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Lebanon Bomb Raises Fears of Further Sectarian Violence


A woman walks over shattered glass, past damaged cars near the site of an explosion in Beirut's southern suburbs, Jul. 9, 2013.

A woman walks over shattered glass, past damaged cars near the site of an explosion in Beirut's southern suburbs, Jul. 9, 2013.

The explosion that tore through a southern suburb of the Lebanese capital Tuesday is prompting yet more fears that Lebanon risks being dragged into the civil war raging in neighboring Syria.
The explosion was viewed here by many analysts as apparent retaliation by Sunni militants for the Shi'ite Hezbollah movement's military support of Syrian President Bashar al-Assad. The bomb exploded at mid-morning in the densely populated southern suburb of Dahyeh, where the bombers managed to breach heavy security and maneuver the car into Hezbollah's so-called "security square" where many of the movement's leadership work and live.
For some analysts the bombing doesn't come as a surprise.
Lebanese author Michael Young warns that Syria's sectarian-based civil war and Hezbollah's role in it is worsening divisions between Lebanese Sunni Muslims and Shi'ites.
"It doesn't like to be tagged just as a sectarian Shi'ite party. But the relations between Lebanon's Shi'ites and Sunnis have been tense for several years particularly after the 2006 war. So the fact that today they are intervening on the side of the Syrian regime has really only exacerbated a problem that has been there for several years," he said.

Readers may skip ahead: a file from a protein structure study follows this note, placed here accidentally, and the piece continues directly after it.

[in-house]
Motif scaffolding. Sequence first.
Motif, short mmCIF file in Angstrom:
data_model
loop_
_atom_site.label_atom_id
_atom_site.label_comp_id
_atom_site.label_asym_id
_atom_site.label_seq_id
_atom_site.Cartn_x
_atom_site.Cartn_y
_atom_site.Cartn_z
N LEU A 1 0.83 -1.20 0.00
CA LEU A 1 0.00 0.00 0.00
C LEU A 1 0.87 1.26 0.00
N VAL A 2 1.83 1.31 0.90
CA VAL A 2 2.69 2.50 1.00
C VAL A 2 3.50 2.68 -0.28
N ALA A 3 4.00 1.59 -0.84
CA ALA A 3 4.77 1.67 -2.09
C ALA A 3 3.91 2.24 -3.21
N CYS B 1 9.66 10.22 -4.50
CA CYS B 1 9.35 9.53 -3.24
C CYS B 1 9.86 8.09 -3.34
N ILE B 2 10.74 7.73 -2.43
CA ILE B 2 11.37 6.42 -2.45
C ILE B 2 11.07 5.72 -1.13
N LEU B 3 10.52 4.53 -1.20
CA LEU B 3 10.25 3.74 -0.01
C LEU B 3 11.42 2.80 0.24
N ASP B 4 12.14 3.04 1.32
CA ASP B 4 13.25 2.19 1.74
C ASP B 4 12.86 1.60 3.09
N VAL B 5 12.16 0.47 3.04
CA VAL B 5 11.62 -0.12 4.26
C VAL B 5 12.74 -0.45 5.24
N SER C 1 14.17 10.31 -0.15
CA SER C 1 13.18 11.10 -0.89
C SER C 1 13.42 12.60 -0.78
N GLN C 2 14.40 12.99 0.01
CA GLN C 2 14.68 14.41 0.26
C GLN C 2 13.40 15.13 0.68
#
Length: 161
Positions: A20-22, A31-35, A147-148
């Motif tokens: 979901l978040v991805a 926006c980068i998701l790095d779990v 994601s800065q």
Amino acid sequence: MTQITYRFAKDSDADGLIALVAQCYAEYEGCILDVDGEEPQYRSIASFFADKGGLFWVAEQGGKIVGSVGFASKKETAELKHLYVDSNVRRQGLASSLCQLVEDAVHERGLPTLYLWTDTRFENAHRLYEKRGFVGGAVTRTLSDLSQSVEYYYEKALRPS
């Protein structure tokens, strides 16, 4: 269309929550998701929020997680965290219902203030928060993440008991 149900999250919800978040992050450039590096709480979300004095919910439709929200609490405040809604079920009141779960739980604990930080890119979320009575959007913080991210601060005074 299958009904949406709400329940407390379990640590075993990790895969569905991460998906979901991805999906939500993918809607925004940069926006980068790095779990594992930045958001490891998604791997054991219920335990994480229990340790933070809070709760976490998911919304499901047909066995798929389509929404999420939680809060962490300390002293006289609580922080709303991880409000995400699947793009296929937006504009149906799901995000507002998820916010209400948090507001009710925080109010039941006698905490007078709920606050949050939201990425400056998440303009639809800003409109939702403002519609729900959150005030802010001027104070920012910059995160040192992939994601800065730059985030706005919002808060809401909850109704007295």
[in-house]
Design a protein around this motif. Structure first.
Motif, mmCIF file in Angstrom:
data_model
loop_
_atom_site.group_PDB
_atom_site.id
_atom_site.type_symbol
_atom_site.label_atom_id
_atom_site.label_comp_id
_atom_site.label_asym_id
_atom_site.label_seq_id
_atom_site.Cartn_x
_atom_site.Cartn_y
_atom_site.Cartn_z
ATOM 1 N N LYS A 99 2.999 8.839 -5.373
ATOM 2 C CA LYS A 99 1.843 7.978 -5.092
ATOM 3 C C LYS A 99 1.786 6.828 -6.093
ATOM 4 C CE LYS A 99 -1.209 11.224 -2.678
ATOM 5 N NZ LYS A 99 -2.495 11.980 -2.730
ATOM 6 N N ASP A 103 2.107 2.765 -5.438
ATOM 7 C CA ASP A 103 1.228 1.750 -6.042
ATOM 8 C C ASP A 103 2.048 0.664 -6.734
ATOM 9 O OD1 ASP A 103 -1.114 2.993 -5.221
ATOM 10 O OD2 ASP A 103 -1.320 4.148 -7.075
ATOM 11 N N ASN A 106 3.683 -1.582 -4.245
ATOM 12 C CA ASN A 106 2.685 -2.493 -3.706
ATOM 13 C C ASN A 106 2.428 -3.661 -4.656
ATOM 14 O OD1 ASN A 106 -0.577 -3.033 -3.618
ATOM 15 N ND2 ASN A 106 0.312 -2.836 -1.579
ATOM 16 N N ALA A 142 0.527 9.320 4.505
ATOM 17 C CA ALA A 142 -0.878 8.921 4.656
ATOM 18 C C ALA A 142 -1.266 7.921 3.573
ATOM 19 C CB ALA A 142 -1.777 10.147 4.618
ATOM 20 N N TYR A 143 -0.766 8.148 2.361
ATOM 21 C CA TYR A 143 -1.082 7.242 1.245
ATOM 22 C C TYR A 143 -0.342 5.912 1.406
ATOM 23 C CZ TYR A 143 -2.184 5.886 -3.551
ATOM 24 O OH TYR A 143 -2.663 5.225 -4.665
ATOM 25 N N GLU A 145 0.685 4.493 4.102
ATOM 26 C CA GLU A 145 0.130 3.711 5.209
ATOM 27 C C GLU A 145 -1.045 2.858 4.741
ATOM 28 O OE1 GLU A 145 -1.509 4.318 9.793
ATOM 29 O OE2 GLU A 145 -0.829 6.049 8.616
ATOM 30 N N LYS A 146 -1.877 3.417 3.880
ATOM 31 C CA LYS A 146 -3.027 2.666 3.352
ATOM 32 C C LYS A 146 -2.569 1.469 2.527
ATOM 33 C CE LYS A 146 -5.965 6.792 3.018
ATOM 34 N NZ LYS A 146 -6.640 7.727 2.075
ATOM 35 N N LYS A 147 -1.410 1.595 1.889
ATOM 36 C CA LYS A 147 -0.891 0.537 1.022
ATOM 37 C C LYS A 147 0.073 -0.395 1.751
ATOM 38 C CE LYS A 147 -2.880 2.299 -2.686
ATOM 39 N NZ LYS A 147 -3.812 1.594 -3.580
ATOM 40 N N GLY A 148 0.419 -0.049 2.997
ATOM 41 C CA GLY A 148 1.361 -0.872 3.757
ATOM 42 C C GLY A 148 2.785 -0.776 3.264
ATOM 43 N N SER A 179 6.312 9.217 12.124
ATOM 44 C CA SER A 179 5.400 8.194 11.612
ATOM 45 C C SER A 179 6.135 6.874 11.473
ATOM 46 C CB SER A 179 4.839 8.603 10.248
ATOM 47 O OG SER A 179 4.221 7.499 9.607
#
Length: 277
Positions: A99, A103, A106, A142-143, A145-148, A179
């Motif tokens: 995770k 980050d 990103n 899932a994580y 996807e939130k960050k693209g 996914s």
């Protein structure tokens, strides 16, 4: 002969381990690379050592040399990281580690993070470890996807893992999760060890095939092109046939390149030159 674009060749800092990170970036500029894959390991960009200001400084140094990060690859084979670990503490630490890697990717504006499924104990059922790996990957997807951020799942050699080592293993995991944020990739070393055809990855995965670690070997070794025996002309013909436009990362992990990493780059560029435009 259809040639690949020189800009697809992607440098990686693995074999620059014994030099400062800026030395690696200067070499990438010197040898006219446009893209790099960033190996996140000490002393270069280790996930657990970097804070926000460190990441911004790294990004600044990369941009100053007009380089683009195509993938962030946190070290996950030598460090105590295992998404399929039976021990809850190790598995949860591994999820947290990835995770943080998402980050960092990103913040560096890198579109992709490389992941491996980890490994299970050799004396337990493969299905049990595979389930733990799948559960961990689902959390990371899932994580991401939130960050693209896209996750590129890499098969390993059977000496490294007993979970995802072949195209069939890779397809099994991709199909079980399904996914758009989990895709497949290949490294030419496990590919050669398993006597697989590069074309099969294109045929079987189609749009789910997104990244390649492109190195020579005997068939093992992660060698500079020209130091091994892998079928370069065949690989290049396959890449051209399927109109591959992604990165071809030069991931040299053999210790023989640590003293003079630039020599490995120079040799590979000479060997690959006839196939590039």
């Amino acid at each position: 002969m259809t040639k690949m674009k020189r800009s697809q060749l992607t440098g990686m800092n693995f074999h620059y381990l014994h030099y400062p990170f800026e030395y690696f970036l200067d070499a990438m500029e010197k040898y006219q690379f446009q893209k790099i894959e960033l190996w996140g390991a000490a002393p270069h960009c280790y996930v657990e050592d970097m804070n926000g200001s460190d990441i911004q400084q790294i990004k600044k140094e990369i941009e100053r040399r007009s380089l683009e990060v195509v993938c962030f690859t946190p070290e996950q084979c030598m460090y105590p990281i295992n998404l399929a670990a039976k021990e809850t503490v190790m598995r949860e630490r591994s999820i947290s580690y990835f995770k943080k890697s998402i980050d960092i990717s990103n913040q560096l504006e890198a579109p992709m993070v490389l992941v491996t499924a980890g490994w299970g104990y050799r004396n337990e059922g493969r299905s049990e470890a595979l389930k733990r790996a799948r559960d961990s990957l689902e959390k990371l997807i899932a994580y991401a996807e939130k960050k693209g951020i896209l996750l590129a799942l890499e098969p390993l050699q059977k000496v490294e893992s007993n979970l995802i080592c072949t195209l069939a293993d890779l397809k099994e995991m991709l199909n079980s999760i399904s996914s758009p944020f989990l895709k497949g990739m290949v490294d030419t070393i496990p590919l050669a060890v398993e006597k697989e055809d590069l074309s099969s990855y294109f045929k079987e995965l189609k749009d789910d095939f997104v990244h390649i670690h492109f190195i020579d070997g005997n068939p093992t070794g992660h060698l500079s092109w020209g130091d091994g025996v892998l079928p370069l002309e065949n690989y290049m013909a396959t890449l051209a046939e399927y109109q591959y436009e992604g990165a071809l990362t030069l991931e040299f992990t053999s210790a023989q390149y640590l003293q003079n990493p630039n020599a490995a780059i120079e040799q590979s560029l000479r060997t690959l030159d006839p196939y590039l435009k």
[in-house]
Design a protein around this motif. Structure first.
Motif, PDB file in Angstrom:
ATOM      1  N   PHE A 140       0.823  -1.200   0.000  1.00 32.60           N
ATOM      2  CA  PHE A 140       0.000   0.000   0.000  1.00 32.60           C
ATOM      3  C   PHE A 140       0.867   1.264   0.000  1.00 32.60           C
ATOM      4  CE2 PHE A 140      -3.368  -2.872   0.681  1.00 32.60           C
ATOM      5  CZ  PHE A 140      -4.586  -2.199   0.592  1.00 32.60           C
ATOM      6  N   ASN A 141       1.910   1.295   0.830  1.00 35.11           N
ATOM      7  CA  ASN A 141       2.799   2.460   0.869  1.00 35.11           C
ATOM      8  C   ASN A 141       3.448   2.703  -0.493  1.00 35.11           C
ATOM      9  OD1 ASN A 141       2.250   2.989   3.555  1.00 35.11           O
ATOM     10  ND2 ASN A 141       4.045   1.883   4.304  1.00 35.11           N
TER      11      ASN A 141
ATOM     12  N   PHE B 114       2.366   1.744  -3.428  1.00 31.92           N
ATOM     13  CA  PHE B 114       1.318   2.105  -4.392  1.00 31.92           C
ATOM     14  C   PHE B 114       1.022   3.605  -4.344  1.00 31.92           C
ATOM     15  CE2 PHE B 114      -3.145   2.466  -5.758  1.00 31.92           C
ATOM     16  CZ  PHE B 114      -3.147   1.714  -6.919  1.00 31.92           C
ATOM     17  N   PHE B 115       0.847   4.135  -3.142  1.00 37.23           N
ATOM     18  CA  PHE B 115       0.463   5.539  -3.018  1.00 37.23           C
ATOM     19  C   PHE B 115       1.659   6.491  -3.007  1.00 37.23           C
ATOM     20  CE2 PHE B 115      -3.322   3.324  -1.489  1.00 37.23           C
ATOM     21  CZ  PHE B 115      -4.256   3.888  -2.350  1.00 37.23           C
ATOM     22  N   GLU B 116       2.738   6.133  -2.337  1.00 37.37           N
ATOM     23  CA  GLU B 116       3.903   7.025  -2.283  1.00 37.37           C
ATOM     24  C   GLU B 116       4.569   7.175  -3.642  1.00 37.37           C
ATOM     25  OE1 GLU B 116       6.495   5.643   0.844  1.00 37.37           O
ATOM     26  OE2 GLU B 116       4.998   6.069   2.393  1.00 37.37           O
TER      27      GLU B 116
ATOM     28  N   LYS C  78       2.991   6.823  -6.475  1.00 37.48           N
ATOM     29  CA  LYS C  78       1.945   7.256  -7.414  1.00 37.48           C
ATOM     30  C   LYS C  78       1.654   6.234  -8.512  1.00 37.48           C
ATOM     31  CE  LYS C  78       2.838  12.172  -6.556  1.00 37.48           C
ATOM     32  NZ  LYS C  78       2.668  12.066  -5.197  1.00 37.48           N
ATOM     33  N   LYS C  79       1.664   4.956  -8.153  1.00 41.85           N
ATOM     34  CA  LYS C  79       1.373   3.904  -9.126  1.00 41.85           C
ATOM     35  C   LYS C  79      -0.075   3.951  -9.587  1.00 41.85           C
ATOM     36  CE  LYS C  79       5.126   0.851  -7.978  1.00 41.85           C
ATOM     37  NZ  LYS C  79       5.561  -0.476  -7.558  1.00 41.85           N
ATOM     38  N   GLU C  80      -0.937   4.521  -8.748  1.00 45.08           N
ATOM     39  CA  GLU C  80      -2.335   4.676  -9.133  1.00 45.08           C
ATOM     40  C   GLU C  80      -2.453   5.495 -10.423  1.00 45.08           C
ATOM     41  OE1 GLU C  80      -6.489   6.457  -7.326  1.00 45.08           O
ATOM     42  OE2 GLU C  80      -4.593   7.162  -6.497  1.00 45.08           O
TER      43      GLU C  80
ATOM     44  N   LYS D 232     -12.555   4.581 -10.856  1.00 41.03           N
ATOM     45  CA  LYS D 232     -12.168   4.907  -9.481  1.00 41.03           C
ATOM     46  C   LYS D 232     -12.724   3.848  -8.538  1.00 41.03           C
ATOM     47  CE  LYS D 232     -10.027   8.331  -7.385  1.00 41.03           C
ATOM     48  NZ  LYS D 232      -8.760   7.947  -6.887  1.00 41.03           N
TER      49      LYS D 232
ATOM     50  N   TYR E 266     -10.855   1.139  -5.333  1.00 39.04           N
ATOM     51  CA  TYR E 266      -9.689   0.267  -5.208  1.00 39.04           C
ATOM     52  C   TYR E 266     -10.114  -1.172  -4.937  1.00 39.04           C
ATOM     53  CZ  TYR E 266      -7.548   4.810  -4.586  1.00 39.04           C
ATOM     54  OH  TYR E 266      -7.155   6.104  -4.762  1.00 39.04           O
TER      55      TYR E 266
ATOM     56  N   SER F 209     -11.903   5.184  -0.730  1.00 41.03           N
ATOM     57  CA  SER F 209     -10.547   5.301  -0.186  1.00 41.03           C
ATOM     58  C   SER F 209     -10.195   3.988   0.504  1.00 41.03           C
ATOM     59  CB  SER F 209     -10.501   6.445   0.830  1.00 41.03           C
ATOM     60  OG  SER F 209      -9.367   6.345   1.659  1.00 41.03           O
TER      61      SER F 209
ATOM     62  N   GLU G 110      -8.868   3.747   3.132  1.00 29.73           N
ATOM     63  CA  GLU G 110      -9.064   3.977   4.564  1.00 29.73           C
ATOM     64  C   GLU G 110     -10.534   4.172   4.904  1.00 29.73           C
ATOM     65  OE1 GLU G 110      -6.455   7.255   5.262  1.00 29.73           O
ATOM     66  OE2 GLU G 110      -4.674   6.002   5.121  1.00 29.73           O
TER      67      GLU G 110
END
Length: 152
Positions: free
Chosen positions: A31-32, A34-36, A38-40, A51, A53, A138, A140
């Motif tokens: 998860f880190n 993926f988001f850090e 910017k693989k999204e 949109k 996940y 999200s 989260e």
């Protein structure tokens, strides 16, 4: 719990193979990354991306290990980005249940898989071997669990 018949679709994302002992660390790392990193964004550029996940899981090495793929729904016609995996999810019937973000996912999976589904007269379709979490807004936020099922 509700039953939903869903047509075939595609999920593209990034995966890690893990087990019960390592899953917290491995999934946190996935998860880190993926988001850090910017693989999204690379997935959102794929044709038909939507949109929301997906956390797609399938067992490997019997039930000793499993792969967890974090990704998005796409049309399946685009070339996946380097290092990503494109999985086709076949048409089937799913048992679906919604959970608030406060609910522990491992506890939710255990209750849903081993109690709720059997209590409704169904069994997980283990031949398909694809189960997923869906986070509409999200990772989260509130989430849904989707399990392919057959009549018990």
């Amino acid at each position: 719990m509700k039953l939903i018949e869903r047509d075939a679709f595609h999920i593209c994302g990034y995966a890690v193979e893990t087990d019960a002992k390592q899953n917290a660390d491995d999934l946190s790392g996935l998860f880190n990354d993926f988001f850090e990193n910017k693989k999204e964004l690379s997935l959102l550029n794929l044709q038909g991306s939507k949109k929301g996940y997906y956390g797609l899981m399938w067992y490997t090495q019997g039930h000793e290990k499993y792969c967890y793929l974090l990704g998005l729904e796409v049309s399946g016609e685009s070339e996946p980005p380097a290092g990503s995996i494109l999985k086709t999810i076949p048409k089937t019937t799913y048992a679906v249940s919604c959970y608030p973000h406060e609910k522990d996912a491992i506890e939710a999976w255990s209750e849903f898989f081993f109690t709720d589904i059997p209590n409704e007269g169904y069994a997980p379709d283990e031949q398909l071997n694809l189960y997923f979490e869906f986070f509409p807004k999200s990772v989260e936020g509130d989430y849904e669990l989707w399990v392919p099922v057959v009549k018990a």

Lebanon is deeply divided over the Syrian conflict next door. The majority of Sunnis support the opposition, while Shi'ites back President Bashar al-Assad, one of Hezbollah's regional patrons along with Iran. The violence from Syria has spilled over to Lebanon with occasional armed clashes, most recently in Sidon between Sunni militants and the Lebanese army that left 18 soldiers dead.
Tuesday's attack is not the first this year on Hezbollah's Beirut suburb. Back in May, less than 12 hours after the Hezbollah leader, Hassan Nasrallah, gave a speech acknowledging his Shia militia was intervening in Syria, rockets were launched from the foothills of the Druze mountains targeting the suburb but fell short. It wasn't clear who fired them - as it isn't clear who was responsible for Tuesday's car bombing.
The country's president, Michel Suleiman, echoed the fears of many Lebanese when he denounced Tuesday's explosion saying it was a "reminder of the black days experienced by the Lebanese in the past."
The biggest worry is that attacks like Tuesday's bombing could re-ignite Lebanon's brutal sectarian civil war of 1975-1990 that left 120,000 dead.
Retired general Hisham Jaber believes that the situation can be controlled and that neither Hezbollah nor Sunni militants want a full-scale conflict on Lebanese soil as the country is useful as a logistical base for both sides when it comes to Syria. But he warns that may not always be the case.
"But let me be frank with you. If the situation in Syria will change in a dramatic way, let's say the regime will collapse, let's say there is any dramatic change in Damascus or the assassination of the head of the regime. In this case it will move directly to Lebanon and we will lose control," he said.
How Hezbollah reacts to the car bombing in its stronghold will prove crucial.

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